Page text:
How Adidas is trying to catch Nike in the footwear race

How Adidas plans to win the footwear race
How Adidas plans to win the footwear race

Adidas wants Nike to know it's coming for the top spot.

While Adidas is one of the dominant players overseas, it has struggled to gain ground in the United States and the rest of North America. Now it's looking to topple its biggest competitor and corner the U.S. market for footwear.

It'll be tough, to say the least: In 2016, Nike (NKE) controlled just over half of that market, according to NPD, which tracks the retail industry. Adidas controlled about 7%, while Under Armour (UA) had about 3%.

To get closer to the top spot, Adidas is focusing on signing big-name athletes to endorsement deals, listening to customers, getting shoes into stores faster and using technology to come up with new styles and designs.

Mark King, the president of Adidas North America, admitted in an interview with CNNMoney that the company hasn't succeeded "in a big way" in the United States. But if you don't win here, he said, becoming the top brand in the world is almost impossible.

"We have more sports here," he said. "Trends, media attention, just overall hype around sports, the epicenter is America."

So Adidas is making the United States its priority.

Related: Adidas executive on navigating politics (and that Boston Marathon tweet)

For big-name American athletes, Adidas has landed the NBA's James Harden, the NFL's Von Miller and baseball's Kris Bryant, who all dominate in their sports.

By comparison, Nike has LeBron James, Serena Williams and Cristiano Ronaldo, and Under Armour has Steph Curry, Misty Copeland and Bryce Harper.

So what's the sell for an athlete to choose Adidas?

King hopes the biggest draw will be the chance to shape and grow the brand in the United States. Another selling point: They won't get lost in the crowd at Adidas.

Nike declined comment on Adidas' ambition, but its dominance only shows what a challenge it will be for Adidas to even get close. Nike reported $14.8 billion in total North American sales last year, compared with $3.7 billion for Adidas.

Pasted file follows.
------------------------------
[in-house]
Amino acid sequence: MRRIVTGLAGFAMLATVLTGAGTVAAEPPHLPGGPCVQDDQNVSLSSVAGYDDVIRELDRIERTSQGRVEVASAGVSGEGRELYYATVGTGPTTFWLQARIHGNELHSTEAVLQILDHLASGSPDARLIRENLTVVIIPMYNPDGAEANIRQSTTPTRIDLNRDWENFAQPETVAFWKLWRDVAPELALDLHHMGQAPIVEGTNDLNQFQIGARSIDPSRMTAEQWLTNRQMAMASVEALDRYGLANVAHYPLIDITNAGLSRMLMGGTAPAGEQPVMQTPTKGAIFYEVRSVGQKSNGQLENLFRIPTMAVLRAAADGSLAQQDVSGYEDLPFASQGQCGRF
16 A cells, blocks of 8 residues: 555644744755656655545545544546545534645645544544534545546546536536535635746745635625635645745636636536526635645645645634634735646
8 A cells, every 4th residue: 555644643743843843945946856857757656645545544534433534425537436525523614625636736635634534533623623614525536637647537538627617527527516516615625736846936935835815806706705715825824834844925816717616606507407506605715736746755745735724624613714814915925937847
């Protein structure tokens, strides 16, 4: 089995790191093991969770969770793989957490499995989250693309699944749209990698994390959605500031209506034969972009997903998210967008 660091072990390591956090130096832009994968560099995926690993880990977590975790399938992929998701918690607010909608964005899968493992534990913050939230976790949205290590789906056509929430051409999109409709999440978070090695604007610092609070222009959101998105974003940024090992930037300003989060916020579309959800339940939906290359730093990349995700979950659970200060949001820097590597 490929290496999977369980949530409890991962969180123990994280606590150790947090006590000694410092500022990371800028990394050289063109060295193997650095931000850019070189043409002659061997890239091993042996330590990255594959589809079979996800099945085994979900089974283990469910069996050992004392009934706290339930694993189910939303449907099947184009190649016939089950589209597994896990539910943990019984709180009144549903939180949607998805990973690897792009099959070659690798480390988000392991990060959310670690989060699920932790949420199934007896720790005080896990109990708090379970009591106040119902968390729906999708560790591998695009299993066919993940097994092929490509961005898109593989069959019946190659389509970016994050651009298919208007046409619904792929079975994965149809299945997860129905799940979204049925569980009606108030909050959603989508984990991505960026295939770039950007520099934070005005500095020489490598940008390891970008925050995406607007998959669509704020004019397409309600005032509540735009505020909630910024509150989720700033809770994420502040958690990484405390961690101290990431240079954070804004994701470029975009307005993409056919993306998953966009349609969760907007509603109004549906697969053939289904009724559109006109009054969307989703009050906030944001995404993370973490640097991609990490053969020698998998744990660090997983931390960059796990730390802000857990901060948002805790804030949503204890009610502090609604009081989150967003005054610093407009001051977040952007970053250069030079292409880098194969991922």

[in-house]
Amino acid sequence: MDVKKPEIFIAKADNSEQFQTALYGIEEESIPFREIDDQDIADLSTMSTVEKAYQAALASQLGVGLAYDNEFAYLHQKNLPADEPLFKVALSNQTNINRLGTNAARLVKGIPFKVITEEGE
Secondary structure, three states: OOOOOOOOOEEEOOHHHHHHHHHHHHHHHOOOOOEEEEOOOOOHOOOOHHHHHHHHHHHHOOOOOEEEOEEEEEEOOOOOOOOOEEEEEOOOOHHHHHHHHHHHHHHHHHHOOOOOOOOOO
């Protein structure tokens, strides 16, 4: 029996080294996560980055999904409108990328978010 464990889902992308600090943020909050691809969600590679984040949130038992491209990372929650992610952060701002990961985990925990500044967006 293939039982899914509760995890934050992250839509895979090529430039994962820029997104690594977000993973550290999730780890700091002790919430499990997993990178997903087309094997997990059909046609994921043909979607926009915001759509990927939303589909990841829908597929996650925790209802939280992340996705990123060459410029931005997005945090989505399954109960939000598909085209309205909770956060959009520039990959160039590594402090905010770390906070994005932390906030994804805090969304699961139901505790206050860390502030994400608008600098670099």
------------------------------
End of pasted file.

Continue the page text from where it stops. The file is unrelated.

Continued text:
Related: Under Armour tries to recover from Trump compliment

Adidas is also changing how it targets women and trying to market itself as their go-to brand.

One of the key ways is by actually listening to what they want -- paying more attention to footwear trends and customer feedback.

"We haven't been very effective in how we've talked to women, the way we've designed products for women, the way we've taken products to market," King said.

Historically, he pointed out, stores and brands made all the decisions about products. Now companies are listening more to their customers.

"We're asking you what do you like and what are we doing wrong and what should we be. We're constructing things based on consumer feedback," King said. "I think the brands that do that the best will be the brands that win, whether it's women's or any other category."

And Adidas is trying to respond to those customers more quickly -- opening "speed factories" in Atlanta and Germany that will allow the companies to get more shoes into stores while they're still in demand.

The Atlanta factory, set to open later this year, will make running shoes -- about 50,000 in the first year.

Related: Don't just do it? Nike tanks on poor sales

Adidas is also rolling out innovations like cleats made out of recycled plastic or its newest shoe -- the Futurecraft 4D, which has a sole that's 3D-printed using light and oxygen.

"Will it become the driver of revenue? No. But what it's a driver of, is what's possible," King said. "It says to consumers, this is a brand really on the forefront of technology, and stay tuned."

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